Editorial: 'Brexit shouldn't obscure government's overspending'
Finance Minister Paschal Donohoe's two plans for the next Budget - one for "a bad" Brexit, the other for "an orderly" Brexit - make good sense. But they must not be allowed obscure another important point about Ireland's runaway public spending which must urgently be addressed.
We have come through the recent controversy on the massive overrun on spending on the new children's hospital in Dublin. Another difficult issue on the cost of rolling out rural broadband remains to be finalised.
We also know that another overrun in health service spending is now looming into view. This is pretty much an annual event by now, despite spending on health being at an all-time high of €17bn this year.
Please log in or register with Independent.ie for free access to this article.
The Government has been given some pretty blunt warnings by the Irish Fiscal Advisory Council, an expert body established after the last economic crisis to advise government on how to avoid another crash.
This advice has been compounded by similar messages from the Economic and Social Research Institute and several other experts. But many of us know that with an election now certainly less than 12 months away, our political leaders are much more focused on getting re-elected.
This raises another important point. Barely a decade ago, we were in the throes of a mighty economic crash. As recently as 2012, Irish unemployment topped 15pc and there was significant emigration.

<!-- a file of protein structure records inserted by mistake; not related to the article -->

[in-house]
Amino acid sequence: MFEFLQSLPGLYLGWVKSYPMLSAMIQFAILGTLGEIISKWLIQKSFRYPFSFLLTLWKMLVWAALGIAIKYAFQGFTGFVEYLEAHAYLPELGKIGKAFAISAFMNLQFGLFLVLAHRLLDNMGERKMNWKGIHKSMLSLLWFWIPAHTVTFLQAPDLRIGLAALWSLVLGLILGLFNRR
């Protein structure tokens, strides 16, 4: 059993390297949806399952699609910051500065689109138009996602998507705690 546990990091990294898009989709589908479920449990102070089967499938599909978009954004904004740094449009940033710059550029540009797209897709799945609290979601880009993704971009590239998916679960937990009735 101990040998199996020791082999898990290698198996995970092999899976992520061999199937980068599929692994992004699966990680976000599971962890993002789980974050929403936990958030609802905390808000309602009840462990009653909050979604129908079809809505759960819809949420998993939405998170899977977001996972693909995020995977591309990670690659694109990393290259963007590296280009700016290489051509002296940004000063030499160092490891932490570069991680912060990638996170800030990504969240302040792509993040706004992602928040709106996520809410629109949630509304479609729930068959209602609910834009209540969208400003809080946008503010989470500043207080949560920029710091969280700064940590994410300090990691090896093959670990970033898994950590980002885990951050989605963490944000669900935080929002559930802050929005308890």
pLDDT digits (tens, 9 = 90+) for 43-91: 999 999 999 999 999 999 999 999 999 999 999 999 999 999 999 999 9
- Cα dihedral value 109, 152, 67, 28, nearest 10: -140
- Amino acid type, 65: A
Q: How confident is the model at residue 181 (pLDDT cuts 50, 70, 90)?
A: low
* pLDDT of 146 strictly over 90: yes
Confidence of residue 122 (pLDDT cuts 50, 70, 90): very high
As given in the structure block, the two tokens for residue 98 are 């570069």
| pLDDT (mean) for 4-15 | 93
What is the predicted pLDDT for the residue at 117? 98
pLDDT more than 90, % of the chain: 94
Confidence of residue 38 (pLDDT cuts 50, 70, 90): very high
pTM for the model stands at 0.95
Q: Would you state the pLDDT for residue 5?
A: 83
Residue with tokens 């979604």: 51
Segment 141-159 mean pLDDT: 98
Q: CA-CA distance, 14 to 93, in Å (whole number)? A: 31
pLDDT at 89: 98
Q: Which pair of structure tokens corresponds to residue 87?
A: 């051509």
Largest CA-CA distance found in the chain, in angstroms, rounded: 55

Now that we are enjoying a return to prosperity we should all take stock of things. It would be folly to risk a return to the recent past by making unreasonable demands or being gulled by facile political promises.
In the Dáil we hear the main party of Opposition, Fianna Fáil, counsel prudence on big picture economic issues. But when it comes to matters of detail they vociferously back every interest group seeking additional public spending.
Fine Gael still dangles the potential carrot of tax cuts, only ruling them out in the case of a no-deal Brexit. This is highly questionable given the precarious position in which we find ourselves.
A bad Brexit could happen. So could a global economic slowdown fuelled by trade tensions between US President Donald Trump and the Chinese leadership. We hope such things will not happen - but we must prepare to face them.
In the last crash of 2008 onwards, Ireland was left in a most parlous position. We hope we would not be so exposed now, but we are still left with a dangerously high overhang of long-term debt.
The last time, the Fianna Fáil-led governments used temporary revenue from the building sector to fund lavish promises. When construction collapsed, there were gaping holes in the national coffers. This time, the Government is availing of similarly temporary revenue from company taxes to paper over the cracks.
History has taught us that temporary spikes in revenue cannot be relied upon to fund a sustainable way forward. Time to get real.